Most steel end-users are still relatively oblivious to the challenges their businesses face from the transition to low-emission steel usage, found participants at worldsteel’s Open Forum-Climate Action earlier this month.
Speakers largely agreed that small and medium-sized users (SMEs) are still a long shot from the green steel issues discussed at the level of steelmakers. In the case of thyssenkrupp, when talking to its customers’ customers, Marcel Hilgers of the group’s Technical Customer Service found that SMEs plan to follow the big users, once they advance their transitions. But the ultimate decision would still be made at chief executive level. “It is a strategic decision,” Hilgers pointed out.
He noted that SMEs can be overwhelmed when serving big buyers that want to go green. “I have seen tenders requesting sustainable steels in the small print with so many exceptions and complex conditions,” he said at the event attended by Kallanish. This left companies insecure about how to deal with green steel, he added.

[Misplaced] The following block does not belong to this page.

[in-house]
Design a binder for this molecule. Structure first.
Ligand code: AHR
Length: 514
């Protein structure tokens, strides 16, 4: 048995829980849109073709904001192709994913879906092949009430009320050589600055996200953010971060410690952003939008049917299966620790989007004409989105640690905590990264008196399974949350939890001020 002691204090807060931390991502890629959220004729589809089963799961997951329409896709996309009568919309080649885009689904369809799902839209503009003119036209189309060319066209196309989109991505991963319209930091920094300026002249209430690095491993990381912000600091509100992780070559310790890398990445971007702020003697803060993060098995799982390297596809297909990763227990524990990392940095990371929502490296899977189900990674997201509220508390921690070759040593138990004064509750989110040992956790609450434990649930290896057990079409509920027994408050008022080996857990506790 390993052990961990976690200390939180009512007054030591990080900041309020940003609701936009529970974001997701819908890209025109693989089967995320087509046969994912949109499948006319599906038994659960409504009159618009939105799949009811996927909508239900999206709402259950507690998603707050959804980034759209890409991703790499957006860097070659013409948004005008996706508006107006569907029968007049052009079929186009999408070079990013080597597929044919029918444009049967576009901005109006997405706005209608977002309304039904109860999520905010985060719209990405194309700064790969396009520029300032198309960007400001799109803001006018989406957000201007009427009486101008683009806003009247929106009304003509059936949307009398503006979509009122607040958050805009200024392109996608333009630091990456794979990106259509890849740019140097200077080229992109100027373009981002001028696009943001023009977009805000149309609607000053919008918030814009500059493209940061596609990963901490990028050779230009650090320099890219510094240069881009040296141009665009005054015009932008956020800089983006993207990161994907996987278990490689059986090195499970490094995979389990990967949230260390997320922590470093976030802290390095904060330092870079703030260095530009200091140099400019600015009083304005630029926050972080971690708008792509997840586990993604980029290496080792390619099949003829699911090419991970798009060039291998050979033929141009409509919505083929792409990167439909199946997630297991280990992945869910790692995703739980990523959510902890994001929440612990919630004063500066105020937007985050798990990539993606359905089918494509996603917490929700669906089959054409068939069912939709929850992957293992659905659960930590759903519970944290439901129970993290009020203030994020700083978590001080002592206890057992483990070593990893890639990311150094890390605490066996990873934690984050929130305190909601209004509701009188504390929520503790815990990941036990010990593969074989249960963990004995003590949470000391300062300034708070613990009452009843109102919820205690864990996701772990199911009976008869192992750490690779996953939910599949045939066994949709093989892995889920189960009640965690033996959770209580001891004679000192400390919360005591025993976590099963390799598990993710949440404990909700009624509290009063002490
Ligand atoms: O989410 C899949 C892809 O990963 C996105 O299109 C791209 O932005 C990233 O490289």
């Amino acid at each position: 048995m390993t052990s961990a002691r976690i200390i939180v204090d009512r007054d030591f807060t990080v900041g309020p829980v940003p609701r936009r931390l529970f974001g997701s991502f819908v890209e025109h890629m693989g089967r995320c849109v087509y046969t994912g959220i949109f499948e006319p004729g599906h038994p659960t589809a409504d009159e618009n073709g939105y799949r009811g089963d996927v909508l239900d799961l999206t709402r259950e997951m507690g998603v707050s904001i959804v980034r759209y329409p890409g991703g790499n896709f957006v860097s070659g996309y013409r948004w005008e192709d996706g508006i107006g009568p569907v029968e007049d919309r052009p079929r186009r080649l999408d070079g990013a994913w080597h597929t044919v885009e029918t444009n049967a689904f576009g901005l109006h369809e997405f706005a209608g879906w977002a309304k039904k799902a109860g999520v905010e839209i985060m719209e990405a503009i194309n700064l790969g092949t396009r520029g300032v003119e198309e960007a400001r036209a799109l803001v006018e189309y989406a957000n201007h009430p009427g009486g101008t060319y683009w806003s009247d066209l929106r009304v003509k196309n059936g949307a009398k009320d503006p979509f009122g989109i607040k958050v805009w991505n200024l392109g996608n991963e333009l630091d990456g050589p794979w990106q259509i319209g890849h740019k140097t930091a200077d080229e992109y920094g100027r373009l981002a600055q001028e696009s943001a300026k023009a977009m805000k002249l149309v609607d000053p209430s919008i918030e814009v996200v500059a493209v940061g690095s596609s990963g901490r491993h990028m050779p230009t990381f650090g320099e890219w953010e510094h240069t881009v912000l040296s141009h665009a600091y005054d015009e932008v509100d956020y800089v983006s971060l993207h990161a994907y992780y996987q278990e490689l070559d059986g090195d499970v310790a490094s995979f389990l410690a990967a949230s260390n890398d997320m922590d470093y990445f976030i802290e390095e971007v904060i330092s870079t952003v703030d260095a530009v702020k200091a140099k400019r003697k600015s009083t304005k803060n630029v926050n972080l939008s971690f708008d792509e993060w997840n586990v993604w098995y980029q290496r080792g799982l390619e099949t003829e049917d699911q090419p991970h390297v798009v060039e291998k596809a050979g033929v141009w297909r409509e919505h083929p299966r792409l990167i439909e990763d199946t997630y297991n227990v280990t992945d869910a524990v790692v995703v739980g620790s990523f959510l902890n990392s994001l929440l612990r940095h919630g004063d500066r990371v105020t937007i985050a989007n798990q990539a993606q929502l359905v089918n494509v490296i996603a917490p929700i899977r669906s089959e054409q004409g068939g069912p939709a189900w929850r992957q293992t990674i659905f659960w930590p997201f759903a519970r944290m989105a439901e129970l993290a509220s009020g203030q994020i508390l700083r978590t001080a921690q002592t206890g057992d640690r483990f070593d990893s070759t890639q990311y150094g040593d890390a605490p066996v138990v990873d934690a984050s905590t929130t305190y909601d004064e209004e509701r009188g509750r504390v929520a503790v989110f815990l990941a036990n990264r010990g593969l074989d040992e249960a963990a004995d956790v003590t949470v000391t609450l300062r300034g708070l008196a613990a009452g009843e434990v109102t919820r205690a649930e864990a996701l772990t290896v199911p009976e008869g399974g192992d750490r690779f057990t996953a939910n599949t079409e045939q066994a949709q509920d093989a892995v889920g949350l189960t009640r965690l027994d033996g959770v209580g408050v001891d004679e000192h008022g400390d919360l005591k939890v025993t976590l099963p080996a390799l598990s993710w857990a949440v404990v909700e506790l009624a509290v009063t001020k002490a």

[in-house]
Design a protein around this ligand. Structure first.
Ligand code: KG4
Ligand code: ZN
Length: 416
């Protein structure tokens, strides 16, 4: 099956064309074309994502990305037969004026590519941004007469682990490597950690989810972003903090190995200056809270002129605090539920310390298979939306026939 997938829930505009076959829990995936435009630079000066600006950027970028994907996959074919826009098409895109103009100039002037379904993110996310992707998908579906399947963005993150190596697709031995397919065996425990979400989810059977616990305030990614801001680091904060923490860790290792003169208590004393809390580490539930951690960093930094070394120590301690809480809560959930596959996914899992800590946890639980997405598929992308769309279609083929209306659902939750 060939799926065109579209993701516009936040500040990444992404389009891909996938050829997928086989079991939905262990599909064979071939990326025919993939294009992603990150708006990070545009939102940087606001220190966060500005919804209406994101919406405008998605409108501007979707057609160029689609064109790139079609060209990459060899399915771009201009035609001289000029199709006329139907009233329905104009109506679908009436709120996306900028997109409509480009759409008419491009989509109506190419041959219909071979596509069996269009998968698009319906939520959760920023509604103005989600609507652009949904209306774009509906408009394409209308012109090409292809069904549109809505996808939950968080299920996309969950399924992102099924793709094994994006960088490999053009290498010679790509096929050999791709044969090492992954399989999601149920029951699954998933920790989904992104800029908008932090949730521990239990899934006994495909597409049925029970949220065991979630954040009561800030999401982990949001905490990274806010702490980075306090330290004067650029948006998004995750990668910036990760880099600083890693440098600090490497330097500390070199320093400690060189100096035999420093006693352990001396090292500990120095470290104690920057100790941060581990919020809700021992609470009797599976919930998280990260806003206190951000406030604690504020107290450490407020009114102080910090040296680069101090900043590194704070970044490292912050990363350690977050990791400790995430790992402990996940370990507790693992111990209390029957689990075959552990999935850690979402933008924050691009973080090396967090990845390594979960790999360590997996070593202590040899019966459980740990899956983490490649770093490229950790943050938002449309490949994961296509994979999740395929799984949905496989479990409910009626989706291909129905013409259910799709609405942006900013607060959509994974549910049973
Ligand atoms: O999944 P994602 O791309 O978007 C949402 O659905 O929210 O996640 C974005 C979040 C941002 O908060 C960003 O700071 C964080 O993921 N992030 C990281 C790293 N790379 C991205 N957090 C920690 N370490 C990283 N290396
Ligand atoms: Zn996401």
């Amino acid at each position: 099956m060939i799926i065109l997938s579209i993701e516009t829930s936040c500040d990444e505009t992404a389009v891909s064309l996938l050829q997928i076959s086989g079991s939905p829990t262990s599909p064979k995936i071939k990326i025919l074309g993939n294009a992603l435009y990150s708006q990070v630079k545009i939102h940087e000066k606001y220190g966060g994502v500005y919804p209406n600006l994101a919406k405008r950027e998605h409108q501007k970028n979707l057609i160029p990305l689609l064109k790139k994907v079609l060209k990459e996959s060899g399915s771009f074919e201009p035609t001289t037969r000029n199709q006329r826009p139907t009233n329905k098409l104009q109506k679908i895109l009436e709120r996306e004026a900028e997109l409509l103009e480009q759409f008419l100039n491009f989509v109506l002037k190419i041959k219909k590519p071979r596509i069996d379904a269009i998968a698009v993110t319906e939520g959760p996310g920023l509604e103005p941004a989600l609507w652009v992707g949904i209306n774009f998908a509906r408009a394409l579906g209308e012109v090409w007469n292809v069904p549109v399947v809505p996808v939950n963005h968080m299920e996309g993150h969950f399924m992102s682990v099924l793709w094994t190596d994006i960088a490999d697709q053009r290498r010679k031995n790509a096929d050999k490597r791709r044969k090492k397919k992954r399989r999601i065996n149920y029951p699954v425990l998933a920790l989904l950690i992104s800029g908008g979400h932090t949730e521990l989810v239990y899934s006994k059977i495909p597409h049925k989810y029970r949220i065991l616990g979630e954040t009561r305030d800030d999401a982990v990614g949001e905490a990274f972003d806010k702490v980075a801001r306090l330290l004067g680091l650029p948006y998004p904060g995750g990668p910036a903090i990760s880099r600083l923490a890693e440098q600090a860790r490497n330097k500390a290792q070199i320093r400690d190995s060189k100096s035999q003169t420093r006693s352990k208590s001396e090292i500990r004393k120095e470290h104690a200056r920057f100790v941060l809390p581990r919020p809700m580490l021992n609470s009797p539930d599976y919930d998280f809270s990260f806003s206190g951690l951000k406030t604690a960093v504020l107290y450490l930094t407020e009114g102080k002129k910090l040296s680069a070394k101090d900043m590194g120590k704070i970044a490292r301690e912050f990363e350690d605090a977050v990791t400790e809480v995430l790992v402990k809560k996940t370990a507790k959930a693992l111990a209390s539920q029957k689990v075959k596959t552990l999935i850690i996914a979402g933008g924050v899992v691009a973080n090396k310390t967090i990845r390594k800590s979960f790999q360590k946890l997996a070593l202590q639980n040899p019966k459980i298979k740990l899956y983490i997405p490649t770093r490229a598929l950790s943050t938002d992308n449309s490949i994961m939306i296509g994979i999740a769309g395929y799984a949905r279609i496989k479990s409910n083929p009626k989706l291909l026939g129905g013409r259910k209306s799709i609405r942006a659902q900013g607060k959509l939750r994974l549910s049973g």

The particular challenges of the construction industry were addressed by Olivier Vassart, ceo of ArcelorMittal’s Steligence division. He noted that a premium of €200/tonne ($220) for green steel would be minimal, and would mean only GBP 1 in extra building costs per square metre in London newbuilds. But such rationales stand against an industry where most players “do not have pricing power and every penny counts”, he explained.
He noted that, to favour structural steel over concrete, the architect must be intercepted at an early sketching phase. “You cannot build a building in steel once it is designed in concrete,” Vassart said. Along the same lines, Hilgers added that policymakers, too, must be made more aware of steel as an option. “For them, concrete is simply bad, while wood is good. And with steel, they would not know if it is good or not,” he maintained.
In a general remark on consumers’ mentality, Hilgers stated: “It will take a while before people start choosing the sustainable toothbrush from the store shelf.”
Christian Koehl Germany